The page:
Osmosis is a process in which molecules in a solvent pass across a semipermeable membrane into a more concentrated solution from a less concentrated one, attempting to make both sides isotonic or equal to each other. Isotonic can also be described as an equilibrium, where there is no net movement of the molecules. Osmosis is relevant in everyday life whether the general population is aware of it or not. It could be as simple as sitting in the pool too long and getting pruney fingers or as complex as a cholera infection in the intestinal cells that does not allow the intestinal cells
Those three experiments showed that the way onion cells are dealing with the movement of water in and out of the cell is by osmosis. That Osmosis is the diffusion of water across a membrane into a solution having a greater solute concentration. The cell
Osmosis is the movement of water molecules from high concentration to low concentration through semipermeable membranes, caused by the difference in concentrations on the two sides of a membrane (Rbowen, L.). It occurs in both animals and plants cells. In human bodies, the process of osmosis is primarily found in the kidneys, in the glomerulus. In plants, osmosis is carried out everywhere within the cells of the plant (World Book, 1997). This can be shown by an experiment with potato and glucose/salt solution. The experiment requires putting a piece (or more) of potatoes into glucose or salt solution to see the result of osmosis (a hypertonic type of solution is mostly used as it would give the most prominent visual prove of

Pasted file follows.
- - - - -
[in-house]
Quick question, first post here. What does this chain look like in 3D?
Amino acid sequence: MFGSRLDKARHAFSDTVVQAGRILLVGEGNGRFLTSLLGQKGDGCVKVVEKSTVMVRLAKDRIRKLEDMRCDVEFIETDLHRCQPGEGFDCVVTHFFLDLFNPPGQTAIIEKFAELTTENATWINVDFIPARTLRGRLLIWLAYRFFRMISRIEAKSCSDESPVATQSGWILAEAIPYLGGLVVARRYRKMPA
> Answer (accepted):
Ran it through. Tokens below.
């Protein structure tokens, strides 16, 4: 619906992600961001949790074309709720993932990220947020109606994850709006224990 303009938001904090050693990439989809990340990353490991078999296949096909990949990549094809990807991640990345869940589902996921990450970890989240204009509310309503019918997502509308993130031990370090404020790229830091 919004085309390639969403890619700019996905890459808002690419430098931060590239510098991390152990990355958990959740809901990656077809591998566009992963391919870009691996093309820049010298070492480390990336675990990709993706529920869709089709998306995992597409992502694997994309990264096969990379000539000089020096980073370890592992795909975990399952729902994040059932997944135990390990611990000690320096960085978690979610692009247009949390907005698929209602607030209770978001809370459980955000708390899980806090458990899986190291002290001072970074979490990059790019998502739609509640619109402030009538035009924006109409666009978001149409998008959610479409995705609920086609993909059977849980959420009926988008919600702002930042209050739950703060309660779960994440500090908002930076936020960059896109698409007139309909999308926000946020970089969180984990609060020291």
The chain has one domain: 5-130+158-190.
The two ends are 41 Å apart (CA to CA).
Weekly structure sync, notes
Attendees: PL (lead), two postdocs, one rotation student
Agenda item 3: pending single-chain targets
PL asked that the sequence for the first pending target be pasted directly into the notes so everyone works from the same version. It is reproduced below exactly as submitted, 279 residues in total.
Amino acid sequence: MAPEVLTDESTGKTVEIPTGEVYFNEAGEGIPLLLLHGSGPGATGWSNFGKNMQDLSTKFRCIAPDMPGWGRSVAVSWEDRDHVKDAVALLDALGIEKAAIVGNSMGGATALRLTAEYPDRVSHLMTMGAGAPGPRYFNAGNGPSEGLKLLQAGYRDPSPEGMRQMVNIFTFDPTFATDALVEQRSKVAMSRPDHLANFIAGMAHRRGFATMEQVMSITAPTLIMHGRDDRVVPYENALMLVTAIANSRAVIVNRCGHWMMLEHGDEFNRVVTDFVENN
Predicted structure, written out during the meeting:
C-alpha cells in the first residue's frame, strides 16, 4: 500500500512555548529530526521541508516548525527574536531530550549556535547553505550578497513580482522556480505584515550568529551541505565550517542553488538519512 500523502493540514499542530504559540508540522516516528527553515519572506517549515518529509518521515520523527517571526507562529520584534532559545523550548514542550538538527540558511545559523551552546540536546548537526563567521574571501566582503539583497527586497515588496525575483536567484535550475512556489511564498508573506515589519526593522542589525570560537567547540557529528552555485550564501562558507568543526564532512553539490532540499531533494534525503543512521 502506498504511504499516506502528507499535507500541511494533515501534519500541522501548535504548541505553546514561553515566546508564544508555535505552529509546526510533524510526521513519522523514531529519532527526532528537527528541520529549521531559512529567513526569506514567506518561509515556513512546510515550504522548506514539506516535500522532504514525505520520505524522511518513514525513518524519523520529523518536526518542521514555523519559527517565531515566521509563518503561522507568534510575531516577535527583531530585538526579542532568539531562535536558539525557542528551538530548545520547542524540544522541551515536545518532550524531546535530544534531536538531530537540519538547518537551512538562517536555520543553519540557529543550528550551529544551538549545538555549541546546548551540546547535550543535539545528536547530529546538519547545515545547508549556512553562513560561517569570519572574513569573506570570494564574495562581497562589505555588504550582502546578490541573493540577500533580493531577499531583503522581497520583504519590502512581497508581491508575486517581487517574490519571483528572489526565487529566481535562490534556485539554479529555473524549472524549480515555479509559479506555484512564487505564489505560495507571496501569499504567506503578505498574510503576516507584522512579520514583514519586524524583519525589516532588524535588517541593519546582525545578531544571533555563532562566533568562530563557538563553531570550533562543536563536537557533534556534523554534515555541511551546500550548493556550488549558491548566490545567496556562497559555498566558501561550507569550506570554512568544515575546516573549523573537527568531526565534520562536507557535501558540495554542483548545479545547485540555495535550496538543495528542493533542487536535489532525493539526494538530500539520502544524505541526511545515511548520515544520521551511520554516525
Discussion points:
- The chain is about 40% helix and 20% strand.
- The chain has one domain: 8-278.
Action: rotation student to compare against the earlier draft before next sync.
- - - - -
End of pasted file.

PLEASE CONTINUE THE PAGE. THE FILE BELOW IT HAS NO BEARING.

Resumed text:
In this lab we are going to discovery how osmosis works using a semi-impermeable membrane a potato slice. Osmosis is known as the movement of water in and out of a cell. To understand how this works we must understand two terms. Hypotonic means the environment has less solutes compared to the inside of the cell. Hypertonic means that the environment has more solutes compared to the inside of the cell. With osmosis water will always move from hypotonic too hypertonic. So the question is will water move into the potato or out of the potato? Will these results change when placed in different morality of salt water? To calculate these results, we will measure the mass of potatoes cut into equal sizes then soak these potato slices in different morality of NaCl for thirty minutes and measure the mass change in each potato slice.
The purpose of this lab is to test the effect of osmosis on cucumber slices. If a cucumber slice is placed in a hypertonic solution, then the mass of the cucumber slice will decrease. Whereas, if